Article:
Mouse House Movie Club Goes Spooky: Trick or Treat

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It’s October, and that means Halloween. Hurrah for falling leaves, long dark nights, and lots and lots of pumpkins. And hurrah too for scary movies! 

Disney may not be known for their scary movies, but every now and then, they produce something utterly, brilliantly terrifying. Throughout October, this special strand of The Mouse House Movie Club will look at some of the very finest spooky Disney offerings, so you can add a little bit of Disney magic to your frightening fun.

Mouse House Movie Club Goes Spooky #3: Trick or Treat

So far in Mouse House Movie Club Goes Spooky, I’ve covered a couple of lesser know gems, so now I’ve opted for a classic. The Donald Duck film Trick or Treat is one of the best-know spooky Disney shorts, indeed one of the great spooky animations of all time. It’s so good, in fact, that it’s not just a great short. Duck legend Carl Barks took it to the page in a brilliant comic strip that’s become as well known as the film thanks to Barks’ creepy creation Smorgie the Bad being removed from his script. It is, in short, really damn good, and that’s because it’s a perfect storm of brilliance.

The first thing that strikes you about Trick or Treat is how beautiful it looks. Made in 1952, it boasts all the visual splendour of that period of Disney film-making, with its deep night skies and cosy suburban neighbourhoods. It’s a picture perfect vision of American life, similar to the one we’d see a few years later in Lady and the Tramp, and it adds a warmth to Trick or Treat that makes it impossible to resist. You want to live in this lovely little world, even if it does contain a nasty witch intent on making Donald’s life a misery.

Our ‘poor’ hero is subjected to an endless parade of tricks at the hands of Witch Hazel in the limited course of this short but, of course, the little shit deserves it. When Huey, Dewey, and Louie come knocking on his door in their adorable Halloween costumes, they get firecrackers instead of sweets from their ever-loving Unca Donald. This is because – and I can’t stress this enough – Donald Duck is a massive dickhead, and despite his obvious lovableness (how can you not love that voice), it’s great fun to see him tormented by Hazel and the nephews. In song, no less!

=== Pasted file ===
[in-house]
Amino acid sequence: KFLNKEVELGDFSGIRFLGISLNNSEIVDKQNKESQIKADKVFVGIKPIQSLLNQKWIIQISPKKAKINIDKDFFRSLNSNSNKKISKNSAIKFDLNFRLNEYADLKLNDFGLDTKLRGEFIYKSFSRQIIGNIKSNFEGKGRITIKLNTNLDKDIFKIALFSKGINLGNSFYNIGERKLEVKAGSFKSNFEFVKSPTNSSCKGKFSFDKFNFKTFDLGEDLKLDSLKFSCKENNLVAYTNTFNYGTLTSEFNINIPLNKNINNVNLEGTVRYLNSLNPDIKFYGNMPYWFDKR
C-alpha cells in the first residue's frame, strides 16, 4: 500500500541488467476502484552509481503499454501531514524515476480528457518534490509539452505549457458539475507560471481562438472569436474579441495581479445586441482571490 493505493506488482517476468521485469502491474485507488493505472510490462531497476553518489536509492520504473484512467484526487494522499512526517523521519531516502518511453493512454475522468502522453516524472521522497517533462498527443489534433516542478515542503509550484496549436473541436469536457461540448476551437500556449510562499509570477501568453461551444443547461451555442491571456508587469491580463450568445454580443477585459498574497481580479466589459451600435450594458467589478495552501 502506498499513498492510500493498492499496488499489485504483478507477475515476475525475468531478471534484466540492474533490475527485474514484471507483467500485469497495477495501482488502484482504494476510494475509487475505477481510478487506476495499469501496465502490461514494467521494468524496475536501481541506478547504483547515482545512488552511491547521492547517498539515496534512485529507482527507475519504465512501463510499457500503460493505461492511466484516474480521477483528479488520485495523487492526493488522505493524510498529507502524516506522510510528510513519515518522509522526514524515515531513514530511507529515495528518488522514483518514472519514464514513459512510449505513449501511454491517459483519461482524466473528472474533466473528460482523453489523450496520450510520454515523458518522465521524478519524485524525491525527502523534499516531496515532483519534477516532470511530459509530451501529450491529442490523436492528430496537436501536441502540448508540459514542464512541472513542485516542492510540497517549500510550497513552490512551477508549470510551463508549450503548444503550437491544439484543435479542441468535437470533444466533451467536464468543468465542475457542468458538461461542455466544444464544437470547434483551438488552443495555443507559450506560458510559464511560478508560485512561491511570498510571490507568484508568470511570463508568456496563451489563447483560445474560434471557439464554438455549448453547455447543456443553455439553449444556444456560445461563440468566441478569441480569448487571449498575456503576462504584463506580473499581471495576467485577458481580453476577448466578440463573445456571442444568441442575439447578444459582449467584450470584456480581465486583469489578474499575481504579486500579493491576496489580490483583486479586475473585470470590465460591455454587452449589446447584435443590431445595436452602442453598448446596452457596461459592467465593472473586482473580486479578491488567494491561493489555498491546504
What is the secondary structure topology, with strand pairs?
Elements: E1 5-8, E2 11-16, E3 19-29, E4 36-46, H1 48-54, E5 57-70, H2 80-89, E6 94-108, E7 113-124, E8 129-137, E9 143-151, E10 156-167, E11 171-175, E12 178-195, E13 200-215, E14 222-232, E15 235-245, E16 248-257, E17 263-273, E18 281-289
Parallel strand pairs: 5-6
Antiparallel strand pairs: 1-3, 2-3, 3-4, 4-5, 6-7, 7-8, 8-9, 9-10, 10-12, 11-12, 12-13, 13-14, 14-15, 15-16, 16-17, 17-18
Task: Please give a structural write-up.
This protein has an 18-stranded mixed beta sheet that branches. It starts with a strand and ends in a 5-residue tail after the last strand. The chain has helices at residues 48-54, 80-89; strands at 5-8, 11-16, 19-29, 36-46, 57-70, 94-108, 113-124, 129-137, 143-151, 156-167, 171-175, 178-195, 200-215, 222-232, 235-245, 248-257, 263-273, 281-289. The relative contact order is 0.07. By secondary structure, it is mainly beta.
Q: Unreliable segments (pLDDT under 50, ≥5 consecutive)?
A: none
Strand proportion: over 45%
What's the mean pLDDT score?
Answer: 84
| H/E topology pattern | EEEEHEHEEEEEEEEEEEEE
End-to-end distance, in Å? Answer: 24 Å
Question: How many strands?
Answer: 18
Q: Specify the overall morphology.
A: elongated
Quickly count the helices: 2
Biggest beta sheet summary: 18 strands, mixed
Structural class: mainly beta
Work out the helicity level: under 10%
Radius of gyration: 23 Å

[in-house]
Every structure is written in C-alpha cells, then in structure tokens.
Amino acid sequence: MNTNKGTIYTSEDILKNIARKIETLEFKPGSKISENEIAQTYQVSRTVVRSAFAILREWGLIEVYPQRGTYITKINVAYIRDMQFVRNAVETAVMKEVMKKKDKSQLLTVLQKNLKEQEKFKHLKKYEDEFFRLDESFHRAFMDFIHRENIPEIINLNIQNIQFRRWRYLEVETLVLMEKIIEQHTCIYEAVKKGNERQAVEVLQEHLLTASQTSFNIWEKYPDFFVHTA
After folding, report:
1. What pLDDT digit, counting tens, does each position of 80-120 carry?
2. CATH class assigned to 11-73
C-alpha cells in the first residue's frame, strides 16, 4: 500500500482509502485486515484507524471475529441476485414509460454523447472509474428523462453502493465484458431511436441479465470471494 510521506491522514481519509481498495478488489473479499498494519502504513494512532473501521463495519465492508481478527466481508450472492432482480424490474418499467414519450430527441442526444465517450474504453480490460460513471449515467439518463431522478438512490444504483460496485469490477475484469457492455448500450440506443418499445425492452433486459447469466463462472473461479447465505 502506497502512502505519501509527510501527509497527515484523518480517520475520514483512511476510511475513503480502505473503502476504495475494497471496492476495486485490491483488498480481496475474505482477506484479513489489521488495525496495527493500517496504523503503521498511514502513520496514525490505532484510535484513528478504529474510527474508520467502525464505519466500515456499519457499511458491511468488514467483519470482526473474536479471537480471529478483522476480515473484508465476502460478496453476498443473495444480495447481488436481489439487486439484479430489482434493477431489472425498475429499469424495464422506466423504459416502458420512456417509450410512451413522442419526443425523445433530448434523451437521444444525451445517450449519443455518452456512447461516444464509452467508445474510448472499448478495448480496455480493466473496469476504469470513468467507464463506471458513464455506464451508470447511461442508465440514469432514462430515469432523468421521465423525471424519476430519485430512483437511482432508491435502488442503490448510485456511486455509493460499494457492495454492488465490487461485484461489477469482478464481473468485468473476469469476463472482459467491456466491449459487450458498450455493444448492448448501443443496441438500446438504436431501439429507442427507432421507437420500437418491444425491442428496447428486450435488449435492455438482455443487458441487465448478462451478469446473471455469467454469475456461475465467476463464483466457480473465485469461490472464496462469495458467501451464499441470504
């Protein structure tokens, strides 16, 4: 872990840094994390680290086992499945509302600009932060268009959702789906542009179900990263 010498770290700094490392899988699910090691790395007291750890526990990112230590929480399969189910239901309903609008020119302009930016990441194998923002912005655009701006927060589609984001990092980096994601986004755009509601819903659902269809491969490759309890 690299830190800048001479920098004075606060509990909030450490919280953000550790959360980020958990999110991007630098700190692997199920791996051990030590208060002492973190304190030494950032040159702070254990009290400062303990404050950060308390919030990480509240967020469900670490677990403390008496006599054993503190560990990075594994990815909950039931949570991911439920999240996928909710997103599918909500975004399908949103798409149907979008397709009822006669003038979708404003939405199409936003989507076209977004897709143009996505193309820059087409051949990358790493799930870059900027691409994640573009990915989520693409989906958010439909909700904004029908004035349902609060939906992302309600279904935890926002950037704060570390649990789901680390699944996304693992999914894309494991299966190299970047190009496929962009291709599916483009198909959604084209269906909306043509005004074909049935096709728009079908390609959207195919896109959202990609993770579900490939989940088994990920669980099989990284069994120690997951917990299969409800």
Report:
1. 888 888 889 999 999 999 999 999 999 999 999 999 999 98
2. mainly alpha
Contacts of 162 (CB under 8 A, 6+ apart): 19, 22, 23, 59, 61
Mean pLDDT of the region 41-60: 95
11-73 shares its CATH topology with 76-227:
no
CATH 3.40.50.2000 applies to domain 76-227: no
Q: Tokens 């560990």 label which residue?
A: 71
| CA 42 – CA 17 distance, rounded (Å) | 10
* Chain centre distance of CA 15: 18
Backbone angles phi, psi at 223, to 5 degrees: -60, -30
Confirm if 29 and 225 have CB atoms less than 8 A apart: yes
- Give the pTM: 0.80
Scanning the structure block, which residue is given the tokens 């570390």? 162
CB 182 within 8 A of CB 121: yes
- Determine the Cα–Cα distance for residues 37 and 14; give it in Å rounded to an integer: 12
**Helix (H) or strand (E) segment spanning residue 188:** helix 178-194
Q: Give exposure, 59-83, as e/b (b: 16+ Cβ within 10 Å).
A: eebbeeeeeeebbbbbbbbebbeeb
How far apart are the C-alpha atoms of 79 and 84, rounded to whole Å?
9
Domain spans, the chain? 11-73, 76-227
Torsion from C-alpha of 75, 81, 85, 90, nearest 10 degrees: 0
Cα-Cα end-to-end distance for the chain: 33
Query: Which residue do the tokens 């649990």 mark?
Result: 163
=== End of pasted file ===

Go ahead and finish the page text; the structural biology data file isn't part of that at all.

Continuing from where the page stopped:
Like all great Halloween cartoons, there’s humour in amongst the macabre. Donald is attacked by a giant cackling pumpkin, bullied by crooning ghosts (always the best kind of ghost), and forced to dance until he can dance no more. It’s hilarious and one of the most GIFable Disney shorts of all time. Just look at this awesomeness. LOOK AT IT!

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Despite all this, Donald never relents. Hazel repeatedly tells him he can stop the madness by simply giving his nephews the treat they deserve, but Donald keeps going, keeps believing he can ultimately win. It’s what makes Trick or Treat not just a great Halloween short, but also a great Donald short. Pop culture has rarely given us a character more pig-headed, more stubborn, more utterly determined to do the most stupid thing he can possibly do than Donald. It’s what makes him so charming, and so brilliantly iconic. He’s like a cartoon Sisyphus, doomed to endlessly repeat the same thing over and over and over again.

It’s tragic, it’s beautiful, it’s a melancholic insight into the foibles of the human soul. It’s also got amazing GIFs like this!

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Until next time… stay eeire-sistible. (Ugh, that doesn’t even make sense!)

Mouse House Movie Club Goes Spooky: The Haunted House

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It’s October, and that means Halloween. Hurrah for falling leaves, long dark nights, and lots and lots of pumpkins. And hurrah too for scary movies! 

Disney may not be known for their scary movies, but every now and then, they produce something utterly, brilliantly terrifying. Throughout October, this special strand of The Mouse House Movie Club will look at some of the very finest spooky Disney offerings, so you can add a little bit of Disney magic to your frightening fun.

Mouse House Movie Club Goes Spooky #2: The Haunted House

Early cartoon shorts were heavily focused on the synchronisation of music and action. They had to be really. With complex dialogue impossible in the silent era and music so good at selling an emotion (a sad moment, a laugh, a scary jolt), it simply made sense to match sound to action. Sometimes this simply meant having a wacky bit of score to underline a joke or a clash of cymbals to highlight something frightening, sometimes it meant essentially turning the short into a mini musical and having the characters interact with the music. The Haunted House is an example of the latter; it’s just not a great example.

Don’t get me wrong, I love this short, but the musical section of it is completely misplaced. The plot finds Mickey caught in a storm and stumbling into a creepy house to find shelter. Obviously, as the title suggests, he encounters ghouls, ghosts, and other scary presences while in there, and it’s a really enjoyable little gothic tale… until one of the ghouls asks him to play piano so he and his chums can have a little dance. Then it becomes a variation on the superior The Skeleton Dance (even borrowing animation from The Skeleton Dance at some points) and it loses a little something in the shift.